In this study, we expressed and purified the ASFV pp62 protein, and established an indirect ELISA method for the detection of ASFV antibodies using pp62 protein as a diagnostic antigen, which laid the foundation for the development of ASFV early diagnosis kits and the structural and functional study of pp62 protein.
Materials and Methods
Positive standard sera and negative standard sera were obtained from the Animal Disease Prevention and Control Center (Changsha, China). The negative serum samples (N = 40) were decided through RT-PCR and a commercial ELISA (ID. Vet Inc., France). Clinical Serum samples (N = 350) were collected from sows and adult pigs on commercial swine farms from 2018 to 2021.
Cloning and Expression of pp62 Protein
The full length CP530R coding region of ASFV (GenBank accession, No.FR682468.2) was synthesized by Tsingke Biotechnology Co., Ltd. (Changsha, China) and amplified using F(5′CGGAATTCATGCCCTCTAATATGAAACAGTT) and R(5′CCAAGCTTTTATTCTTGAAGTAACTTTAGT) primers appended with EcoRI and HindIII restriction sites, respectively. A recombinant plasmid was constructed by ligating the PCR product into the vector pET-28a. The ligation product was transformed into E. coli DH5α competent cells, and was verified using double restriction enzyme digestion and sequencing. E. coli BL21 competent cells were transformed with recombinant plasmid, and protein expression was induced with 1 mM IPTG at 27°C for 9 h. Nickel-nitrilotriacetic acid (Ni-NTA) metal affinity chromatography was used to purify the recombinant pp62 protein, which was identified with SDS-PAGE and Western blot. ASFV-positive pig serum was used as the primary antibody (dilution of 1:3,000) for the Western blot assay.
The antigen and antibody concentration were optimized using checkerboard titration. Briefly, the recombinant antigen was coated to the plate in concentrations of 0.5–2 μg/mL. Positive and negative standard sera were diluted at 1:50–1:400. Then HRP anti-swine IgG (SeraCare, USA) was diluted at 1:5,000–1:10,000 to determine the optimal conjugate dilution. The conditions that gave the highest OD450 ratio between the positive and negative sera (P/N value) and an OD450 value for positive serum close to 1.0 were scored as optimal working conditions.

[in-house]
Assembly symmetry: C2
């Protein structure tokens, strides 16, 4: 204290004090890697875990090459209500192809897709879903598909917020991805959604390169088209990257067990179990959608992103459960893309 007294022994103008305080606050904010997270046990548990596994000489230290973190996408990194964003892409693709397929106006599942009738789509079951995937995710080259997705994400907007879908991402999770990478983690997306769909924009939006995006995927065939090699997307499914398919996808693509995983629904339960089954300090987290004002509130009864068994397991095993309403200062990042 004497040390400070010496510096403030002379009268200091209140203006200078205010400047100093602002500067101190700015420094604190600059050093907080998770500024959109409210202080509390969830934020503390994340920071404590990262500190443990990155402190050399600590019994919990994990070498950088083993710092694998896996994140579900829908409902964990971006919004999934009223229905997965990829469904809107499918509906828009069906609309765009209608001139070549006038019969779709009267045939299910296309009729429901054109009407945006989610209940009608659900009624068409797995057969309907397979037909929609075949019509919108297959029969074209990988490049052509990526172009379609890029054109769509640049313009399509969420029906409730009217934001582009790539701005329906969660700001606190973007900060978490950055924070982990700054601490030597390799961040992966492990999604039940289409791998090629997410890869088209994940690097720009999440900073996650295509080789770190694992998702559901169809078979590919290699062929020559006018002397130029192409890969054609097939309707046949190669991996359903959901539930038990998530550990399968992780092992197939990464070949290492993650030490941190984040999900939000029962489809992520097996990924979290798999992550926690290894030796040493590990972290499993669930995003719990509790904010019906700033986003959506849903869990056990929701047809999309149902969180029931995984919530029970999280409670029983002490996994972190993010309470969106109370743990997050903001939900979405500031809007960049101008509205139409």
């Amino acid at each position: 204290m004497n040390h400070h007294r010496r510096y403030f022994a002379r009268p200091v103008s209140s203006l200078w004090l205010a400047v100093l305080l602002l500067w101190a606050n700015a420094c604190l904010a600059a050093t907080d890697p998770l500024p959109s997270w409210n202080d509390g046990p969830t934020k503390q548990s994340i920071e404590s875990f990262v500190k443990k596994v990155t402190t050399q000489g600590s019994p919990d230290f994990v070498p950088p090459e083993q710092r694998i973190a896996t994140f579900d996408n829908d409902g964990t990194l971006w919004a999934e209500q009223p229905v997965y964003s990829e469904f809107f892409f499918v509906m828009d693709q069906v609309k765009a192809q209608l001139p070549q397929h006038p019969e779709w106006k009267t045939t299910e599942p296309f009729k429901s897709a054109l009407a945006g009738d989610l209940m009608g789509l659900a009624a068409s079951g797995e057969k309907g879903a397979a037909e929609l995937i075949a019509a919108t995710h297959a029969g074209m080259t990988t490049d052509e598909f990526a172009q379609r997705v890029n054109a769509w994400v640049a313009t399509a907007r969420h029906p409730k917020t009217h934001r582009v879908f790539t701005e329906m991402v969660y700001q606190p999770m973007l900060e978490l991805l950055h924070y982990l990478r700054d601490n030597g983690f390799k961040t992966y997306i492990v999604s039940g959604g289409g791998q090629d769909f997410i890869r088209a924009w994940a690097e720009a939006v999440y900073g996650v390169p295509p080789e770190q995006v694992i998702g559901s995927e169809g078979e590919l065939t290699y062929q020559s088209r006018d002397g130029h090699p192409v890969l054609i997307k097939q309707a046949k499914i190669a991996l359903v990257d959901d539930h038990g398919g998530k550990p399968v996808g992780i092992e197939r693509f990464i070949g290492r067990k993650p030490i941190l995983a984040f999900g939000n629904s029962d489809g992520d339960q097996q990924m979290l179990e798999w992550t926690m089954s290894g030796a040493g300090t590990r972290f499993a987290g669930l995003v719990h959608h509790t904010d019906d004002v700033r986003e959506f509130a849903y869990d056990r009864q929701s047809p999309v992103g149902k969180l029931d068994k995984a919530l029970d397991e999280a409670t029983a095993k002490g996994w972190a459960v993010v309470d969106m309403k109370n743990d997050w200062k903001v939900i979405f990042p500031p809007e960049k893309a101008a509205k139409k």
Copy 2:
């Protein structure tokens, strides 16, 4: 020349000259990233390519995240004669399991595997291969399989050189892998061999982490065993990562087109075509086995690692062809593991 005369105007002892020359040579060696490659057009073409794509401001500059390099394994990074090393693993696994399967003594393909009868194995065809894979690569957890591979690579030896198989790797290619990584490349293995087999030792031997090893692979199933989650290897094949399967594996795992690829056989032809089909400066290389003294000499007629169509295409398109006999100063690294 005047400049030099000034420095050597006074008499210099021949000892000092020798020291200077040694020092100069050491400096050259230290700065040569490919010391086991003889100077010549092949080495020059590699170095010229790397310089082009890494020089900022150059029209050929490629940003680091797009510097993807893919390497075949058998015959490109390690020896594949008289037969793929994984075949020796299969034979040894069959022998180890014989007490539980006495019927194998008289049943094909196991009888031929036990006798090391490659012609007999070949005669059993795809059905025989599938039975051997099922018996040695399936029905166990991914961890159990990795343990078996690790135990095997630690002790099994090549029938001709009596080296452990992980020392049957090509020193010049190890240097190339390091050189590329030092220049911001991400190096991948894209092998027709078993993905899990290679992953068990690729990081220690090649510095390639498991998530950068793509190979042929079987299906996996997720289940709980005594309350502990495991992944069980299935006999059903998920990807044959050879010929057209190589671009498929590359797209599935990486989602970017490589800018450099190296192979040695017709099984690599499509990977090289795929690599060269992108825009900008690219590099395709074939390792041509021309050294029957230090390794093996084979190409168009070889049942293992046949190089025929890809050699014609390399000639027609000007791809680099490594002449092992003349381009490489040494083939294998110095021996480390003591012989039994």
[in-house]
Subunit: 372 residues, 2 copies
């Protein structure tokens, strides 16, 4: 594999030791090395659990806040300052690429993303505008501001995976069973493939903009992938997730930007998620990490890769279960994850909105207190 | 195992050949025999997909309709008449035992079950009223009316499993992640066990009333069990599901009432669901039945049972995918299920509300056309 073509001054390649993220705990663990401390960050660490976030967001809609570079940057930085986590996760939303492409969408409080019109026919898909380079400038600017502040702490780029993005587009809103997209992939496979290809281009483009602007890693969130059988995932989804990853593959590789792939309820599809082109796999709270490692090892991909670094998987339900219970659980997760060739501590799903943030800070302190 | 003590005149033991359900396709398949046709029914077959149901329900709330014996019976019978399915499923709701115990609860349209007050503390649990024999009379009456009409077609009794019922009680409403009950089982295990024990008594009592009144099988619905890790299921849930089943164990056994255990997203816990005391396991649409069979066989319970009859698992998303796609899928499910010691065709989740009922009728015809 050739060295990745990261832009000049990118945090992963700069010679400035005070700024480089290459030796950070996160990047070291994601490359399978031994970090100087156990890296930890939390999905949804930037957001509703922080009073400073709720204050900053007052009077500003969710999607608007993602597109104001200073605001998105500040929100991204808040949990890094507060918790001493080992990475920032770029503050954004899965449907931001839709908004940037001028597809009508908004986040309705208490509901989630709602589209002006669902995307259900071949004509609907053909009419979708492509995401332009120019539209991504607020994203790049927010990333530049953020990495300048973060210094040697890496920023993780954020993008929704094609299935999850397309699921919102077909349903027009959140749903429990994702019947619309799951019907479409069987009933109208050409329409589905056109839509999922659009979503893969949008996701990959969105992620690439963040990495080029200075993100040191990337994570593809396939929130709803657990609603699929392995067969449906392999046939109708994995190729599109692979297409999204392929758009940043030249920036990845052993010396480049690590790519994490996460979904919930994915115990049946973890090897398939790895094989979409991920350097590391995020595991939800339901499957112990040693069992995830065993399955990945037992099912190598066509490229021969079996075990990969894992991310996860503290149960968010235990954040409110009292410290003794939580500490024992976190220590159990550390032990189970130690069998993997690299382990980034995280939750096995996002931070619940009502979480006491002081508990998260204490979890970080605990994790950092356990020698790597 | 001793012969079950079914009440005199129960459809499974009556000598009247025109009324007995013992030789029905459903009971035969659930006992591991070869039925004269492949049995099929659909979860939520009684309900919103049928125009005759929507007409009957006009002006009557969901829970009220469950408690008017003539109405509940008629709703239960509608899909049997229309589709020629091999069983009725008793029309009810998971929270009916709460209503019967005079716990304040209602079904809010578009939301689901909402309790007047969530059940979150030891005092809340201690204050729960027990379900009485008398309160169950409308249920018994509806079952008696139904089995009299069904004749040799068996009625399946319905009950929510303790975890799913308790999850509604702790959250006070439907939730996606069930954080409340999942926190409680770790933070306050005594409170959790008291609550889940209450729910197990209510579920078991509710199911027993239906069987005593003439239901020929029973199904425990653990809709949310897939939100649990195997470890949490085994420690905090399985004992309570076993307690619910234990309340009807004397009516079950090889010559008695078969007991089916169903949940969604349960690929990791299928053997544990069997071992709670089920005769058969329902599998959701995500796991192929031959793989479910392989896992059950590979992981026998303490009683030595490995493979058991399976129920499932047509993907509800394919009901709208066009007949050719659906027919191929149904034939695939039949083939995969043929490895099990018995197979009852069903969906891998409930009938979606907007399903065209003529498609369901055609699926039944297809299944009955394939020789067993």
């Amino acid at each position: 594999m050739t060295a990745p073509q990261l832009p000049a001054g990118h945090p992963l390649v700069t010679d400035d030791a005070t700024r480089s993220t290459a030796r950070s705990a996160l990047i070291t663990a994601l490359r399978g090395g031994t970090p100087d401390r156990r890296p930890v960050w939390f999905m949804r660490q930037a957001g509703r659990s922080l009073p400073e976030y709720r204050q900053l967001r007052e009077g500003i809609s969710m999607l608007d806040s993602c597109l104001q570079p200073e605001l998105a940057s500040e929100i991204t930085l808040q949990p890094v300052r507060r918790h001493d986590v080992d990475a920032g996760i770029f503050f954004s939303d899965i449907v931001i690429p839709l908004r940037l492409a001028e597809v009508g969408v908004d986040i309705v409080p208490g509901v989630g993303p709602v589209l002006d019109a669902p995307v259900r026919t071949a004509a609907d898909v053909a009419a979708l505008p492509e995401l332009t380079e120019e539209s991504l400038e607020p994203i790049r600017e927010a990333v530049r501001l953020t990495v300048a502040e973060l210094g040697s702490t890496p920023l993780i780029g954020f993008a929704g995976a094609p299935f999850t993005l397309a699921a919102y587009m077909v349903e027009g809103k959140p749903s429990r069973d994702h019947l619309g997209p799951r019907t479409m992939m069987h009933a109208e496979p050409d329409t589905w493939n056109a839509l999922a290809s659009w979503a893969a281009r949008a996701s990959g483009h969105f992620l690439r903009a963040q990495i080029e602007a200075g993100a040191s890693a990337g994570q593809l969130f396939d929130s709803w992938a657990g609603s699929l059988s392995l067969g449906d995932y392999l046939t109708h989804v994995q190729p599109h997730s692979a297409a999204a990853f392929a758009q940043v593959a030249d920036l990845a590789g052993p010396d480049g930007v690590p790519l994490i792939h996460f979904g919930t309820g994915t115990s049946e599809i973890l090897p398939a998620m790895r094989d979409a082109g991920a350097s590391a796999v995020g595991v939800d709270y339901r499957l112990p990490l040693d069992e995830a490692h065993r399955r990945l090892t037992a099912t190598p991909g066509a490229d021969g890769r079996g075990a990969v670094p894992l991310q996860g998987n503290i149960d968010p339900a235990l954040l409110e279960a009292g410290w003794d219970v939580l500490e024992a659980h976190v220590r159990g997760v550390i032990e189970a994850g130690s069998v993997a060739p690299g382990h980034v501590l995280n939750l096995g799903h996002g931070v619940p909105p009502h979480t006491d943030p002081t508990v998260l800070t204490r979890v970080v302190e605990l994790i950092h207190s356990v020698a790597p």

Cut-Off Value for pp62-IELISA
A total of 40 negative serum samples from uninfected pigs were used to calculate the cut-off value of the indirect ELISA. Statistical analysis was performed to calculate the mean value (
) and standard deviation (SD) of the OD450 values. The cut-off value was determined as
Specificity and Sensitivity of pp62-IELISA
The established pp62-iELISA assay was used against respiratory syndrome virus (PRRSV), porcine circovirus type 2(PCV2), classical swine fever virus (CSFV), pseudorabies virus (PRV), foot-and-mouth disease virus (FMDV)-positive sera as well as ASFV-positive and negative sera. ASFV-positive serum was diluted from 1:100 to 1:6,400 to determine the highest dilution of serum. The sensitivity of the ELISA was evaluated based on the cut-off.
Reproducibility of pp62-IELISA
Intra and inter-assay variation (coefficient of variation [CV]) between runs were evaluated. Briefly, five sera were randomly selected. Three replicates of each sample were assayed in one batch to evaluate intra-assay (within plate) variation and three plates were assayed as separate batches to evaluate inter-assay (between assays) variation.